It was a beautiful Sunday morning for a change.
Mae gazed out of the window in her tenth floor flat at the grey city beneath her, noting the dirty smears on the inside from greasy fingers smudging out the sun’s rays. Running her finger down the glass she looked at the black mould it had gathered.
Yep, it was finally spring she supposed. Mae opened the window, but the blast of filthy air and the sounds of police sirens and vehicles roaring below made her shut the world out again.
Turning around, swinging her long red hair Mae gazed at the dark empty room with her pale blue eyes. Littered with pizza boxes, empty beer bottles, and pages of her dissertation spread around the floor, she sighed. Only one month of being single, her boyfriend, Brent had dumped her, and student life in the city suburbs hadn’t turned out to be as fun as she had hoped. Glancing downwards at her pyjamas, she noted they were coffee stained and crumpled. Mae had a sudden urge to get out of this dismal hell hole and grab fresh air.
Grabbing her skinny black jeans and a green smock blouse off the bedroom floor, she threw on her clothes and tied back her hair, looked in the mirror then untied it again.
“Better loose” she muttered to herself. Not bothering to brush her teeth or put on any makeup, Mae grabbed her bag and jacket from the hook by the door, picking up a bunch of leaflets that someone had shoved under it.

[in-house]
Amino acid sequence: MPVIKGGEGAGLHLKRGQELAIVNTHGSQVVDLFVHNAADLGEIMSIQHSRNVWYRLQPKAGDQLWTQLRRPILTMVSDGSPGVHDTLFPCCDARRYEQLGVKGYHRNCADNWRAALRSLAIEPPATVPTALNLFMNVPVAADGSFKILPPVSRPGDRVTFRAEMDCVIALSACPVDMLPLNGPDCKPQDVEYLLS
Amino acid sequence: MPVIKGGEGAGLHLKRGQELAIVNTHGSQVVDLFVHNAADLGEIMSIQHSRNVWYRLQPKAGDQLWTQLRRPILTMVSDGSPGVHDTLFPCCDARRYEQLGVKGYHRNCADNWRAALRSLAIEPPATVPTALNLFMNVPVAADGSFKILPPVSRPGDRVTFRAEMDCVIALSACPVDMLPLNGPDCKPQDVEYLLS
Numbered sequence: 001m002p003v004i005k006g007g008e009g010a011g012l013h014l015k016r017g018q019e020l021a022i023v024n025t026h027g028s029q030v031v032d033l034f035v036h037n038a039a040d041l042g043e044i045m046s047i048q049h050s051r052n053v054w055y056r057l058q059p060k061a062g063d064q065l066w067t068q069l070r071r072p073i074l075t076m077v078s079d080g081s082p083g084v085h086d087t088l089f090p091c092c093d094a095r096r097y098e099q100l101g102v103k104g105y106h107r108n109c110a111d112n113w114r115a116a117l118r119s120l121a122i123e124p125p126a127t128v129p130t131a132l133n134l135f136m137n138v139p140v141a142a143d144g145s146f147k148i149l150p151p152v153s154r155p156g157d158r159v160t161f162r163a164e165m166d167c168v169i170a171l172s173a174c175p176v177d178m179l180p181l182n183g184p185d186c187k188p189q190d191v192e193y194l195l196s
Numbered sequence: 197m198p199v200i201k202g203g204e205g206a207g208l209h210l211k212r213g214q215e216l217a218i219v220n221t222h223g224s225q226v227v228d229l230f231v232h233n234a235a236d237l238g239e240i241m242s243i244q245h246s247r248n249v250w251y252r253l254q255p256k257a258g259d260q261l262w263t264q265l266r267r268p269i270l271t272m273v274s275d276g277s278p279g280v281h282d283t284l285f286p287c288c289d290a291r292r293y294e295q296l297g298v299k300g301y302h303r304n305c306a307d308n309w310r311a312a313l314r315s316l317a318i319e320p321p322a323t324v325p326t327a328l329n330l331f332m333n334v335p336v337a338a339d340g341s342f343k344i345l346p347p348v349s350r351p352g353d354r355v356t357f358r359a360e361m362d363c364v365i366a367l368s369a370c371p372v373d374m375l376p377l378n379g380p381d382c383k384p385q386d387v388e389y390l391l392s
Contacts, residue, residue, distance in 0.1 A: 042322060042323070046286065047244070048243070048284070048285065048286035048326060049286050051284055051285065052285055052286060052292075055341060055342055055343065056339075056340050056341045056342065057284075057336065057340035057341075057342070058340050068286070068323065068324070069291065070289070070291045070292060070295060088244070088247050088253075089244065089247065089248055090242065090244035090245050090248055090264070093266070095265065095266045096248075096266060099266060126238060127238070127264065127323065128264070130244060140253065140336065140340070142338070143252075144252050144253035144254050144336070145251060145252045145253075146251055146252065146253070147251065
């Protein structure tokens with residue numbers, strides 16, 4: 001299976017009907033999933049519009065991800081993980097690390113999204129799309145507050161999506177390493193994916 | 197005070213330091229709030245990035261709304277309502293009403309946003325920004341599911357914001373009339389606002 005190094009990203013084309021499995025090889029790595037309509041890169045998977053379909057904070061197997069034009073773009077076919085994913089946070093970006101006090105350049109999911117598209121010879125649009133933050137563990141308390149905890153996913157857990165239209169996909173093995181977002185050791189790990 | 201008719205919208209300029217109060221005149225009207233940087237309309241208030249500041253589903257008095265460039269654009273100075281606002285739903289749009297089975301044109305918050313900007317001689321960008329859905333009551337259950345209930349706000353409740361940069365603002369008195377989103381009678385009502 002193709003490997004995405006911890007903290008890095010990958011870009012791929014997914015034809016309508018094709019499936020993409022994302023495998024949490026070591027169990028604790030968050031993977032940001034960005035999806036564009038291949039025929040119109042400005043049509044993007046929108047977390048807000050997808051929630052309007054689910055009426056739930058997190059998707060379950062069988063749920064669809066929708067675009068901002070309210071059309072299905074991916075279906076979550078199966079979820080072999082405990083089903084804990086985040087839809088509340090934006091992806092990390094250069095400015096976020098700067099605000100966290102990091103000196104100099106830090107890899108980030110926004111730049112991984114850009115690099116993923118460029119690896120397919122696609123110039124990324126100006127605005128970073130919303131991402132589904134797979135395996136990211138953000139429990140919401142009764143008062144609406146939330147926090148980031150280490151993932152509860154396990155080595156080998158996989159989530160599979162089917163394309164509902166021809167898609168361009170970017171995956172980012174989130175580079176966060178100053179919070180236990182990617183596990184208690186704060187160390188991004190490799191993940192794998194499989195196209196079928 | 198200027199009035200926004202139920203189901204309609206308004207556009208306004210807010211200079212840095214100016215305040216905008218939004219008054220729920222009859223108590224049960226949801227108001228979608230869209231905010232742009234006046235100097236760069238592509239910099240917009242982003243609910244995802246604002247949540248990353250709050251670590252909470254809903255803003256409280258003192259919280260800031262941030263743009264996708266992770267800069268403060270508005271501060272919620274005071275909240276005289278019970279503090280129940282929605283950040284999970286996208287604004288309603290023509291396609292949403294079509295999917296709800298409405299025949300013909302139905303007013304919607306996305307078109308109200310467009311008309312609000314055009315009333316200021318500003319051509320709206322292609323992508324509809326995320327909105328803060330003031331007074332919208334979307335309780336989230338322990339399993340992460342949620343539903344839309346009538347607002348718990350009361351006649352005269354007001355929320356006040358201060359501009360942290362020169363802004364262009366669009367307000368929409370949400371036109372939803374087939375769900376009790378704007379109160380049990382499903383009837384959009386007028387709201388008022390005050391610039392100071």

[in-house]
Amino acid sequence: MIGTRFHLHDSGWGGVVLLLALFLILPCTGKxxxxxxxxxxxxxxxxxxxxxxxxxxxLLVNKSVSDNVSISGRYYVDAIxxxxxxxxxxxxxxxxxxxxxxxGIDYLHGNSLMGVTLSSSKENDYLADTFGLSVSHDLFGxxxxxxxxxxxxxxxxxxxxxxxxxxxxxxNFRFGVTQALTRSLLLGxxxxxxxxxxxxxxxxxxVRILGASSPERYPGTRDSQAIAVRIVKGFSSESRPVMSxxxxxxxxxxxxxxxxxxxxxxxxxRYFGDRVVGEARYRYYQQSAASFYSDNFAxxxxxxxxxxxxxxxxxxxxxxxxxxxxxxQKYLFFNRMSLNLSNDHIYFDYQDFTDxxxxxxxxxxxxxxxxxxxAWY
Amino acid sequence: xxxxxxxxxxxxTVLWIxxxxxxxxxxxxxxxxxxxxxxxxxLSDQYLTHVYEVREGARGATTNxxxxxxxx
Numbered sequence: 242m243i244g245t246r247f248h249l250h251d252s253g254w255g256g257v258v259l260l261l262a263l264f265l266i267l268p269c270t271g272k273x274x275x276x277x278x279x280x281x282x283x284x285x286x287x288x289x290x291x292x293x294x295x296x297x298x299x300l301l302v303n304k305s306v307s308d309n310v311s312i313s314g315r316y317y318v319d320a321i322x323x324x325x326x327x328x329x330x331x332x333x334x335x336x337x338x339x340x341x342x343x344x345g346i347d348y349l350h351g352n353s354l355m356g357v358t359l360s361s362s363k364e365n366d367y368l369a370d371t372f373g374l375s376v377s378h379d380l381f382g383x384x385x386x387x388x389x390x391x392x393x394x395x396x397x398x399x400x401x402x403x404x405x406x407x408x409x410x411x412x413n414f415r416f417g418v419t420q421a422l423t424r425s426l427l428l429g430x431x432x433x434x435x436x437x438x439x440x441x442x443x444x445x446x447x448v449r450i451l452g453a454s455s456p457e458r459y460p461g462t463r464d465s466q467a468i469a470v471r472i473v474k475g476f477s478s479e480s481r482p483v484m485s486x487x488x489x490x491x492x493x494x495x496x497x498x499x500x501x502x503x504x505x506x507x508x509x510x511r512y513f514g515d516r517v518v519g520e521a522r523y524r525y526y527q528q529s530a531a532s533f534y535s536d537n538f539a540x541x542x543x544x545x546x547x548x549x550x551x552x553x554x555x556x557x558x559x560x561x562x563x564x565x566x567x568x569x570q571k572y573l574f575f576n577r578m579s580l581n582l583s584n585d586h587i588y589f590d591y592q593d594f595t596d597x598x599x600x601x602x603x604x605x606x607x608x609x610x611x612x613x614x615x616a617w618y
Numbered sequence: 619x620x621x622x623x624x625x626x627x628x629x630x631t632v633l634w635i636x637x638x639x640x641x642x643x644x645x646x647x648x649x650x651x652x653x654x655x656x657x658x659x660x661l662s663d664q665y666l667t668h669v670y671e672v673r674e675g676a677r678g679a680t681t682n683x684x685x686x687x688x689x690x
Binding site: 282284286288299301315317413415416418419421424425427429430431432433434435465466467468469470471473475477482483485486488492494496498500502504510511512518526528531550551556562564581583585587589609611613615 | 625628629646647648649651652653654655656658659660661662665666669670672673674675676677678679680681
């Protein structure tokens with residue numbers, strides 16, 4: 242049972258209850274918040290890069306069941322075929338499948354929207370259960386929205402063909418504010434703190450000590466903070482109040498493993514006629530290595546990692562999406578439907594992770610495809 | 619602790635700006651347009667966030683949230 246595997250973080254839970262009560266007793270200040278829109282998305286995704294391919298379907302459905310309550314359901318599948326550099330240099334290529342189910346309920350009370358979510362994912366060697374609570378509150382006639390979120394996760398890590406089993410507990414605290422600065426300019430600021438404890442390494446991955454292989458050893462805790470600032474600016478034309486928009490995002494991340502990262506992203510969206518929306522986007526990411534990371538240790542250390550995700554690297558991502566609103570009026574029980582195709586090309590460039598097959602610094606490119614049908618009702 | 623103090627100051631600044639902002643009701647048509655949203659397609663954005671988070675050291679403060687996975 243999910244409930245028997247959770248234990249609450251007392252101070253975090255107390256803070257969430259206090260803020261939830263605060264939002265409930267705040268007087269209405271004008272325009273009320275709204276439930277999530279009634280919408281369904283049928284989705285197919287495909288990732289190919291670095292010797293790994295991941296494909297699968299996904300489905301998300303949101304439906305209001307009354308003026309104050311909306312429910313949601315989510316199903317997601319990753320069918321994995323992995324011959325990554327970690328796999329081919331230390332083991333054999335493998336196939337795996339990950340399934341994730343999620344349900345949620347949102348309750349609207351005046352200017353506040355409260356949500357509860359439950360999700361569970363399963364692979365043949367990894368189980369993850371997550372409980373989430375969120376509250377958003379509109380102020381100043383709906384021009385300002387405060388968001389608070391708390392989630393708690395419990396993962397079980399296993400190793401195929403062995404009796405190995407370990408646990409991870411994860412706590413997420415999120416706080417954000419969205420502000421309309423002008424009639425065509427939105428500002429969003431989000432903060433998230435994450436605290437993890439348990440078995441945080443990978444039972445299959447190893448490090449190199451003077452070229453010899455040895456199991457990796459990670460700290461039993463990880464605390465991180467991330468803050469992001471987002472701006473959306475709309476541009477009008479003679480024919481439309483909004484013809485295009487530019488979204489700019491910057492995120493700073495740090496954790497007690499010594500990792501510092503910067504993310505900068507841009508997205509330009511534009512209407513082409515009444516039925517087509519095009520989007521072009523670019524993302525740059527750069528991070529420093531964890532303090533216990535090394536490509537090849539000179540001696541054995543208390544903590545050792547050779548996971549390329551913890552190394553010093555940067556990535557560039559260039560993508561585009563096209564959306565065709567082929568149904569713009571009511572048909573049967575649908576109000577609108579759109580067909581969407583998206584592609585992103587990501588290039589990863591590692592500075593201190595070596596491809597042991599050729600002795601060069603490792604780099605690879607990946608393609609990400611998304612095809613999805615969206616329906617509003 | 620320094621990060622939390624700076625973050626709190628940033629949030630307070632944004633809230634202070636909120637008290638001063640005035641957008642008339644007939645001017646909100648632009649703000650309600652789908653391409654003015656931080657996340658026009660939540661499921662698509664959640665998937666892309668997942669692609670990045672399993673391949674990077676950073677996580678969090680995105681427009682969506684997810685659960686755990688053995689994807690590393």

“Easter Egg Hunt–Sunday, April 1st Murkwood Park and Woodlands” it read. There was a picture of a child in an Easter bonnet with a face painting of a lion, smiling as she held up a chocolate egg.
“Cool! Why the hell not?” Mae said to herself and shut the door behind her.
Murkwood Park was full, arriving in her 12-year-old red Mini, Mae drove around the car park twice looking for a parking space. Everywhere was busy, families getting out of vehicles, boots wide open with fathers getting out the picnic baskets, eager dogs with wagging tails on leads waiting while fussy mothers faffed about fastening the coats of wriggling children.
Parking under a shady tree, Mae locked the car, walked over to the entrance and joined the queue.
“Single adult please.” She muttered to the grey-haired woman at the till.
“And one of these..” She said picking up the Easter Egg hunt trail clues leaflet off the counter. The woman serving glanced at Mae fleetingly for a moment too long. Long enough t